Color subtraction

While color addition pertains to light transmission, color subtraction pertains to light reflection. Subtractive color models are used primarily in print. When you look at a color magazine, book, or poster, you are seeing the light waves that reflect off of the pages and into your eyes.

Color subtraction refers to the colors that are absorbed by pigments or other printed material. Cyan absorbs, or subtracts, the color red. Magenta absorbs the color green. Yellow absorbs the color blue. Secondary colors therefore subtract out primary colors. Through this color subtraction, other colors can be generated.

When cyan and yellow are mixed in a subtractive model, blue and red are subtracted and the result is green. When cyan and magenta are mixed, red and green are subtracted and the result is blue. When magenta and yellow are mixed, blue and green are subtracted and the result is red. When cyan, magenta, and yellow are mixed, the result is black.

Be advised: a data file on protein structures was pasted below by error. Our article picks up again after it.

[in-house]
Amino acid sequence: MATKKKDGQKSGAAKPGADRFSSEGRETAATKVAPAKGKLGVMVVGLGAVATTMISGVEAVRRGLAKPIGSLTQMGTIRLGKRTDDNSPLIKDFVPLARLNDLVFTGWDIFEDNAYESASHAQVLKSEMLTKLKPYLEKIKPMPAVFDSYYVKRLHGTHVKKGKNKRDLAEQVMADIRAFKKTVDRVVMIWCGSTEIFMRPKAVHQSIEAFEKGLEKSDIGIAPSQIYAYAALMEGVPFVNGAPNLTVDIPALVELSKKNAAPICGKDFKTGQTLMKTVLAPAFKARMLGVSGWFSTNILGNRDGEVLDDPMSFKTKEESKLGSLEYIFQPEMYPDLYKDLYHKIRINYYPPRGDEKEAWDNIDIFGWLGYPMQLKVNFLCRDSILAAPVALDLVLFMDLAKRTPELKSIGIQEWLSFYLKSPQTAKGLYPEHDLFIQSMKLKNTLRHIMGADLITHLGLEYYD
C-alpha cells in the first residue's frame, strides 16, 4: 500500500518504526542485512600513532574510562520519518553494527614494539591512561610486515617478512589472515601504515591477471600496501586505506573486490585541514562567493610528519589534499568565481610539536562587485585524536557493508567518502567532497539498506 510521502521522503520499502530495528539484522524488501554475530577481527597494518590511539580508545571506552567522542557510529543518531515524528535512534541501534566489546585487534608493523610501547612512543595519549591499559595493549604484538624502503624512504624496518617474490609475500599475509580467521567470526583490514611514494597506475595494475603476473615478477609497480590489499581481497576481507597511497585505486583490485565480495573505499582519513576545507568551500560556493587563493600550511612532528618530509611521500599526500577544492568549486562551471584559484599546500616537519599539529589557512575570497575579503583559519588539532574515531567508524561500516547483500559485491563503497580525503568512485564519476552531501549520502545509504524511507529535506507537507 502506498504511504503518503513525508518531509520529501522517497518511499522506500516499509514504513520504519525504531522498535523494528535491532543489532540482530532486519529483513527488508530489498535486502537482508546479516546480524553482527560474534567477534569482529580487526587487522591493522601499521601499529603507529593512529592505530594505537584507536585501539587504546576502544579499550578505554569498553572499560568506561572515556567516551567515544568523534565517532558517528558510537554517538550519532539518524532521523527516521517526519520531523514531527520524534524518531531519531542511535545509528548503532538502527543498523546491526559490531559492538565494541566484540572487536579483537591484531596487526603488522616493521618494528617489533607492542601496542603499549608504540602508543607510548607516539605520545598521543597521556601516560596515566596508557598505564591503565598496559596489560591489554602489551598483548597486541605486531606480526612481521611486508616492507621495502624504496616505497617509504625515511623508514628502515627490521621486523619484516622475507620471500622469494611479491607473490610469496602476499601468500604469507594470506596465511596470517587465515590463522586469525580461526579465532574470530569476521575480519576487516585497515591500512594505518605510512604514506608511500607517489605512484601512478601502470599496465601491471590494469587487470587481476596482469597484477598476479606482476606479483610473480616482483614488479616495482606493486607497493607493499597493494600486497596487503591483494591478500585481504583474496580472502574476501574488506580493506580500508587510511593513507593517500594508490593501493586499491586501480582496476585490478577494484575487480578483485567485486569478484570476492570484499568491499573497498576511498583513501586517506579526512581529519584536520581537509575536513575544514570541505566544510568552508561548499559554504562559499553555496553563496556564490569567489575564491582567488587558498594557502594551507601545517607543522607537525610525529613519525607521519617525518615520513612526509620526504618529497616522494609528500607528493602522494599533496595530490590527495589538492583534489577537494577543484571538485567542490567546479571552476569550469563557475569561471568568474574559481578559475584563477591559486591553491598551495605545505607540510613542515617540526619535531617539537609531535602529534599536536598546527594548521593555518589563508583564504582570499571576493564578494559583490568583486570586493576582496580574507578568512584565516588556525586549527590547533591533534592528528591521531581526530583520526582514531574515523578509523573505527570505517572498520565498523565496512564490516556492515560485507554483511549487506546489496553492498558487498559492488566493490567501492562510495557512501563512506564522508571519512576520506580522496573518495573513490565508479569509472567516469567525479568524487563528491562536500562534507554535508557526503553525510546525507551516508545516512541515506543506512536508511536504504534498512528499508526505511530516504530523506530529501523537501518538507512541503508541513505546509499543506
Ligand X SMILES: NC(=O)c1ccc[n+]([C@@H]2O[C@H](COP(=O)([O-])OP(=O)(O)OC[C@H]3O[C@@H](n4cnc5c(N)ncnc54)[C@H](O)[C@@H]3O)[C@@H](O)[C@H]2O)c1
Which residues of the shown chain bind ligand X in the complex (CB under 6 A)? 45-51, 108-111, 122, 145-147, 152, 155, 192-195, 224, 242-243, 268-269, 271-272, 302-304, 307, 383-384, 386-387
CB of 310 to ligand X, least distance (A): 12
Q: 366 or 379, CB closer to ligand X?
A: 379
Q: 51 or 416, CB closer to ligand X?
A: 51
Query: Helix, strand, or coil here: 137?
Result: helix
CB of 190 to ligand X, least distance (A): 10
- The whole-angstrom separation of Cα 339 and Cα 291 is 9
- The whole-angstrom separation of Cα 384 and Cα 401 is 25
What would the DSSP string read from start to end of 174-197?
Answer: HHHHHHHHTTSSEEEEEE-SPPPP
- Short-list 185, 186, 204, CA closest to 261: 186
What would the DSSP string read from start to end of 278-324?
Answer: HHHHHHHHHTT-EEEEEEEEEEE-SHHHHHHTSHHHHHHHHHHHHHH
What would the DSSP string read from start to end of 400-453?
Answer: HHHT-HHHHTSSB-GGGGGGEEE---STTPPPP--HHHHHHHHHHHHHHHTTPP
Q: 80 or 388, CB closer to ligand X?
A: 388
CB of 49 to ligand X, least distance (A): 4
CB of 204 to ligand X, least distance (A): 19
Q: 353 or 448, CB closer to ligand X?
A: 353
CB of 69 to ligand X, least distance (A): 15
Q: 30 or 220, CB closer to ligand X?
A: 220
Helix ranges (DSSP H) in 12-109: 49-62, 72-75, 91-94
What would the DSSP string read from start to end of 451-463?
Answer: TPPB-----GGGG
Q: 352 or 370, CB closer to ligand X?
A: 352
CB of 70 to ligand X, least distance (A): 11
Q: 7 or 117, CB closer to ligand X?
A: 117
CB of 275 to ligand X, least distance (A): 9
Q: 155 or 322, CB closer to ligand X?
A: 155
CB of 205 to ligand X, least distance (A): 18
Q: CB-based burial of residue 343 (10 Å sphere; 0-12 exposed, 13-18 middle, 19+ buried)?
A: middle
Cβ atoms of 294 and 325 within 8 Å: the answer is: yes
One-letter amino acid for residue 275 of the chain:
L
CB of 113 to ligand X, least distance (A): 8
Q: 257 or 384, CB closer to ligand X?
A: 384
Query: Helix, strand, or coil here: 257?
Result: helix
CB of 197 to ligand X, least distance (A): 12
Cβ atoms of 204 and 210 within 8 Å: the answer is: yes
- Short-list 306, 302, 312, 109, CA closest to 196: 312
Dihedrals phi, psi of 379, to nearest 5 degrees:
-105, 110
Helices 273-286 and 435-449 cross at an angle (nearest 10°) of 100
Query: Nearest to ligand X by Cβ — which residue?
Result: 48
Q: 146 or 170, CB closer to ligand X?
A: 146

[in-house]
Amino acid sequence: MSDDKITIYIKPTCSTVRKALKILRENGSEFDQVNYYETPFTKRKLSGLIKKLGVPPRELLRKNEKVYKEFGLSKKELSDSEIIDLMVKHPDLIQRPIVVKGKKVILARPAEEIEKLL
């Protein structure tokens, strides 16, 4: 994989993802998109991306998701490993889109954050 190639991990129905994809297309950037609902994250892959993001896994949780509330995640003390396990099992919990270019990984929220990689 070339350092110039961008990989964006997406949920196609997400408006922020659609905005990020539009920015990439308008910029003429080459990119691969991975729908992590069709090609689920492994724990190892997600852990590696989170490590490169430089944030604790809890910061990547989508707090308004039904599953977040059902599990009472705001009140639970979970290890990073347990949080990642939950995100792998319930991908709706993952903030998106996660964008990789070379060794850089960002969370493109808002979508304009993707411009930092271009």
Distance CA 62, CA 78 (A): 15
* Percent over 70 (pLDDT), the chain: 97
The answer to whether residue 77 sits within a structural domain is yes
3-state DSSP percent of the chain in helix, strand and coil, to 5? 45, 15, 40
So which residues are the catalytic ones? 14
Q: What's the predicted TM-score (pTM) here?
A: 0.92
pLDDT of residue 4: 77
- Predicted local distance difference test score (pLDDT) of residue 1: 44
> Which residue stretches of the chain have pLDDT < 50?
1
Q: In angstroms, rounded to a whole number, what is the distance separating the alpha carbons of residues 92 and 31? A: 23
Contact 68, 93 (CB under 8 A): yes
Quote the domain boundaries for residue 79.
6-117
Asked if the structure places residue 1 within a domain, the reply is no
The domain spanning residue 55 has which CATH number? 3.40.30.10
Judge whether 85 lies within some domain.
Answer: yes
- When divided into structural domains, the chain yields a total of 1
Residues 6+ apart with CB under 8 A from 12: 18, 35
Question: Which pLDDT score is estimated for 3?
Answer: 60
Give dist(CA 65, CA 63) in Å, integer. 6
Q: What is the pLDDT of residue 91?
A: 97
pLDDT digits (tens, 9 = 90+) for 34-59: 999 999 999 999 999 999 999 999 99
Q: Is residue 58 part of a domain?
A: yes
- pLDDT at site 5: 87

Color printers work by using separate cyan, magenta, and yellow inks. Usually, a separate black ink is used to generate black without using excessive amounts of cyan, magenta, and yellow ink. If you’ve ever heard or seen the term CMYK, that refers to subtractive color: cyan, magenta, yellow, black.


Selective transmission, reflection, and absorption explain the colors of most things we see on this planet. But some phenomena require the concept of scattering to explain. Scattering is a process where the direction that light travels in is changed without affecting the wavelength of the light.